www.midwestpesticideaction.org to download bed bug factsheets and other useful information. Go to www.spcpweb.org/residential MidwestPEST Pesticide Action Center is dedicated to reducing the health risks and environmental impacts SAFER CONTROL PROJECT

pesticides and promoting safer alternatives. isofdedicated to reducing the health risks and environmental impacts of pesticides and promoting safer alternatives in Illinois. 4611N. N.Ravenswood RavenswoodAve., Ave.,Suite Suite107, 107,Chicago, Chicago,Illinois Illinois60640 60640Tel: Tel:773/878-PEST 773-878-7378 Fax: 773-878-8250 Web: Web: midwestpesticideaction.org 4611 (7378) Fax: 773/878-8250 www.spcpweb.org Midwest ActionisCenter in part withfrom a grant fromofthe City ofDepartment Chicago Department Housing and Economic Safer Pest Pesticide Control Project fundedisinfunded part with a grant the City Chicago of Housingofand Economic Development. Development.

Bed Bug Information That Empowers

*/'03."5*0/:06$"/64&504501#&%#6(4*/5)&*353"$,4 7PMVNFt'BMM

Message from the Editor th Edit r

Tips and Techniques for Controlling Bed Bugs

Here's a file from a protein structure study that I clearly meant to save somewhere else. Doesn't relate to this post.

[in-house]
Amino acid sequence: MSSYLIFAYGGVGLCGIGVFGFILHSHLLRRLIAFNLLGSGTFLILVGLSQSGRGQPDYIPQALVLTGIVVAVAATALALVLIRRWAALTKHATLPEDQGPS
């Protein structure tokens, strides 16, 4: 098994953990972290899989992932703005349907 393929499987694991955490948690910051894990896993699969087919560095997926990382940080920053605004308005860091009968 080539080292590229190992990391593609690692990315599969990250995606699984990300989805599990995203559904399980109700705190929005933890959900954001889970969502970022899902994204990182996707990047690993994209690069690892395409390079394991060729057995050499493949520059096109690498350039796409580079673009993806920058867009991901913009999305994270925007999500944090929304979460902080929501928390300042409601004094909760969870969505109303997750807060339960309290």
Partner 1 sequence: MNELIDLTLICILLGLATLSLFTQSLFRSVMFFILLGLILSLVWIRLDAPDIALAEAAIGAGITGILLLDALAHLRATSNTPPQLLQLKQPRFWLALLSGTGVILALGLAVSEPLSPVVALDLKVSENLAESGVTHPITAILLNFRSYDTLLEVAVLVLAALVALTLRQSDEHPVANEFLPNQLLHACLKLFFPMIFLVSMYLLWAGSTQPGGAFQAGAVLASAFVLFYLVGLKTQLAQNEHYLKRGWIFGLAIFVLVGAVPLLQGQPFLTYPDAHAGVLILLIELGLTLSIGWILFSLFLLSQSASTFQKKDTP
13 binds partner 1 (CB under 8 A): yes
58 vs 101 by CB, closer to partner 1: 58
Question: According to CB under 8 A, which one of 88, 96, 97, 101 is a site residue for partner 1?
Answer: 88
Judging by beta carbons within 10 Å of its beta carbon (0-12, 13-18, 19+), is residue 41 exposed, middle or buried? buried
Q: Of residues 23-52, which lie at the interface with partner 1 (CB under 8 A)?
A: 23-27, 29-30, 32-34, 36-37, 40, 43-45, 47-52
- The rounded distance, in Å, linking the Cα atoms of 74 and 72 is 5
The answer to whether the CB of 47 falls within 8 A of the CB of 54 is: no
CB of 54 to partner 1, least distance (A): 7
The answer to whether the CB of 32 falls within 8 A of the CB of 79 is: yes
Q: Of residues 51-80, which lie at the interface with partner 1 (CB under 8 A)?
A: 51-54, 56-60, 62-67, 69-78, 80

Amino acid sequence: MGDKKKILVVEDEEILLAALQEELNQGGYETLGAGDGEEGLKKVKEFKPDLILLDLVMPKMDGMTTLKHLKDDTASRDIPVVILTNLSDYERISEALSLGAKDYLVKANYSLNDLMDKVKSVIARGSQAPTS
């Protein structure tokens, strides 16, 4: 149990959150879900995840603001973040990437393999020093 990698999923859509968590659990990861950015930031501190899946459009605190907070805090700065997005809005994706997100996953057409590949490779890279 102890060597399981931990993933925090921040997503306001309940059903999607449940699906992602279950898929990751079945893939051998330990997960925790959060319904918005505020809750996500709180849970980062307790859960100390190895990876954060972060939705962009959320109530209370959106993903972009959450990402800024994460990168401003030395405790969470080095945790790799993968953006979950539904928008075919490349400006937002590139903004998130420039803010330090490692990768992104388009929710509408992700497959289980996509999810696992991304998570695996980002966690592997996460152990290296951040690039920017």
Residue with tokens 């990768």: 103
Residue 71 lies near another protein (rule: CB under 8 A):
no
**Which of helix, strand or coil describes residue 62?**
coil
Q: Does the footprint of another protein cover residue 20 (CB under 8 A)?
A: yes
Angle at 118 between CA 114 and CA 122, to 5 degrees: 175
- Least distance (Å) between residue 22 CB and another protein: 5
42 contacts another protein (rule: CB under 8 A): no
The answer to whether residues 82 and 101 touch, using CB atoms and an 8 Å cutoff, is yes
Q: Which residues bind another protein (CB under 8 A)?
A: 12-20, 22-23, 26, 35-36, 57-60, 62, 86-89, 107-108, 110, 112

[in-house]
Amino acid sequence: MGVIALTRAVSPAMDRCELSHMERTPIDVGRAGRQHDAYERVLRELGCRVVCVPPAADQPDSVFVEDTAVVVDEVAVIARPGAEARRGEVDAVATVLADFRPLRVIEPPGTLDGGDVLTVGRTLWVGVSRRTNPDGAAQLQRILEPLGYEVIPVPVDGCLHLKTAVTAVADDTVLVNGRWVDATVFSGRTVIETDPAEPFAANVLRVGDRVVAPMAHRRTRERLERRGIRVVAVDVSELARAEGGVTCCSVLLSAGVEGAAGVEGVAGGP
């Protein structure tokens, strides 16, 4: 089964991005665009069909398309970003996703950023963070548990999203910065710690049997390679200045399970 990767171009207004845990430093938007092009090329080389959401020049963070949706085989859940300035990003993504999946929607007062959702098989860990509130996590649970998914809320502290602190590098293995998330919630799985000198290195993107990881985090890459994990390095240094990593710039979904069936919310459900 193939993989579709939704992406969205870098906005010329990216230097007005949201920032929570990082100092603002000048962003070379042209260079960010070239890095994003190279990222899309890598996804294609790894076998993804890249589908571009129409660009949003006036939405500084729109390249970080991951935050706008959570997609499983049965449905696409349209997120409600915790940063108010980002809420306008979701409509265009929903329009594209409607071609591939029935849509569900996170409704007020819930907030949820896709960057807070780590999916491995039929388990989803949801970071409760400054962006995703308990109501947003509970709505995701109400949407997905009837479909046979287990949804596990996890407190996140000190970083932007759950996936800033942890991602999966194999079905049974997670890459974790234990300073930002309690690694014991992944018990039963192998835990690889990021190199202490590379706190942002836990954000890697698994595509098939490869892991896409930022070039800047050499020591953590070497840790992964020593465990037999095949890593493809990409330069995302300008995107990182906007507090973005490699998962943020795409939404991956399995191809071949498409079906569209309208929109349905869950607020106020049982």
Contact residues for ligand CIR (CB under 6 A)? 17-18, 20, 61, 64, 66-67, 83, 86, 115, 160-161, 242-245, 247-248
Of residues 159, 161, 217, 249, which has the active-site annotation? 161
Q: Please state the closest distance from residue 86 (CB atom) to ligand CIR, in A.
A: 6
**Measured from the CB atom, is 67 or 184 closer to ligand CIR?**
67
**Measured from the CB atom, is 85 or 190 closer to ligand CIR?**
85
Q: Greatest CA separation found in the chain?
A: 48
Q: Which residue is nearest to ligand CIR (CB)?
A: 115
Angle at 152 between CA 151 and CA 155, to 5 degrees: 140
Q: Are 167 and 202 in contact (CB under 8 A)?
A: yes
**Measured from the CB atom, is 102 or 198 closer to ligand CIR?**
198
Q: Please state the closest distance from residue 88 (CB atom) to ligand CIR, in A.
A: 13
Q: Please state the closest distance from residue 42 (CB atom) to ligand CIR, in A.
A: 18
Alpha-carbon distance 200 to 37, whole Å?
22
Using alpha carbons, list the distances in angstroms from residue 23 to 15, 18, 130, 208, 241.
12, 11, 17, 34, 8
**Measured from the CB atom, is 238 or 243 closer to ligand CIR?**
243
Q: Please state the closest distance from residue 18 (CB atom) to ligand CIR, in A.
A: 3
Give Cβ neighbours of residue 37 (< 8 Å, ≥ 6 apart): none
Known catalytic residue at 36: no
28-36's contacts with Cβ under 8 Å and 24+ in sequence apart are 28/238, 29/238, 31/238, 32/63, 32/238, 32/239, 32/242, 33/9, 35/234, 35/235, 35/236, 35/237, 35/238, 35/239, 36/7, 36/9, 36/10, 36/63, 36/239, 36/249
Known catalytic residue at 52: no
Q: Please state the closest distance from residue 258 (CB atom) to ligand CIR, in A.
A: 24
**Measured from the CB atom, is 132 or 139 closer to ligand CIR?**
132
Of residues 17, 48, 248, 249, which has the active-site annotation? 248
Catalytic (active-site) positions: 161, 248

Since our last newsletter there has been lots of Chicago media attention on bed bugs. WGN, WTTW, and WMAQ all ran television news stories and the Chicago Tribune saw fit to publish a few stories as well. It’s amazing how the closing of the flagship stores of Abercrombie and Fitch, Victoria’s Secret, and Nike Town (all in NYC) due to bed bugs can get the word out. In this case the ‘word’ is, ‘Bed bugs are back in a big way!’ We here at SPCP have felt the surge in interest. In addition to the media outlets calling us for information, we’ve received many requests from Chicagoans – ranging from individuals to institutions – looking for help dealing with their bed bug problems. We hope that this volume of B.I.T.E. Back! helps answer some of those questions. Spread the word.